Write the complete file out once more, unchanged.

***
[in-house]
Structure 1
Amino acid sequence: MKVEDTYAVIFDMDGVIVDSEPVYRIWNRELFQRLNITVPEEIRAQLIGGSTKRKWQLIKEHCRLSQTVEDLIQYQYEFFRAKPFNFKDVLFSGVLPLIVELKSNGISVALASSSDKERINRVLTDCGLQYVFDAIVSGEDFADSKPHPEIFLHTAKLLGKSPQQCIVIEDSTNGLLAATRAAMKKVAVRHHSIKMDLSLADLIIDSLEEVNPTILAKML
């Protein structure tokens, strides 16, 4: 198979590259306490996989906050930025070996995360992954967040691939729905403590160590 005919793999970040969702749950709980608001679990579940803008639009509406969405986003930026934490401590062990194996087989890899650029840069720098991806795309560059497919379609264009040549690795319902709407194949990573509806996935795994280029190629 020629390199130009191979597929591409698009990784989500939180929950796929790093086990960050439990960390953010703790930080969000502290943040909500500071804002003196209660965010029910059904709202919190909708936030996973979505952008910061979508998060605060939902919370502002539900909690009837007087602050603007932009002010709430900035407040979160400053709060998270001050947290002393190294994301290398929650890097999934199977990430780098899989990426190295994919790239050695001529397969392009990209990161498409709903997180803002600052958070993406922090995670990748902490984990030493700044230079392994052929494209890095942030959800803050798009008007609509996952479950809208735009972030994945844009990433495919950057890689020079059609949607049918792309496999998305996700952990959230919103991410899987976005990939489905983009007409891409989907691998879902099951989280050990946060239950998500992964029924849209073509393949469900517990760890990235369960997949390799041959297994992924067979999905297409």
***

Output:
[in-house]
Structure 1
Amino acid sequence: MKVEDTYAVIFDMDGVIVDSEPVYRIWNRELFQRLNITVPEEIRAQLIGGSTKRKWQLIKEHCRLSQTVEDLIQYQYEFFRAKPFNFKDVLFSGVLPLIVELKSNGISVALASSSDKERINRVLTDCGLQYVFDAIVSGEDFADSKPHPEIFLHTAKLLGKSPQQCIVIEDSTNGLLAATRAAMKKVAVRHHSIKMDLSLADLIIDSLEEVNPTILAKML
């Protein structure tokens, strides 16, 4: 198979590259306490996989906050930025070996995360992954967040691939729905403590160590 005919793999970040969702749950709980608001679990579940803008639009509406969405986003930026934490401590062990194996087989890899650029840069720098991806795309560059497919379609264009040549690795319902709407194949990573509806996935795994280029190629 020629390199130009191979597929591409698009990784989500939180929950796929790093086990960050439990960390953010703790930080969000502290943040909500500071804002003196209660965010029910059904709202919190909708936030996973979505952008910061979508998060605060939902919370502002539900909690009837007087602050603007932009002010709430900035407040979160400053709060998270001050947290002393190294994301290398929650890097999934199977990430780098899989990426190295994919790239050695001529397969392009990209990161498409709903997180803002600052958070993406922090995670990748902490984990030493700044230079392994052929494209890095942030959800803050798009008007609509996952479950809208735009972030994945844009990433495919950057890689020079059609949607049918792309496999998305996700952990959230919103991410899987976005990939489905983009007409891409989907691998879902099951989280050990946060239950998500992964029924849209073509393949469900517990760890990235369960997949390799041959297994992924067979999905297409």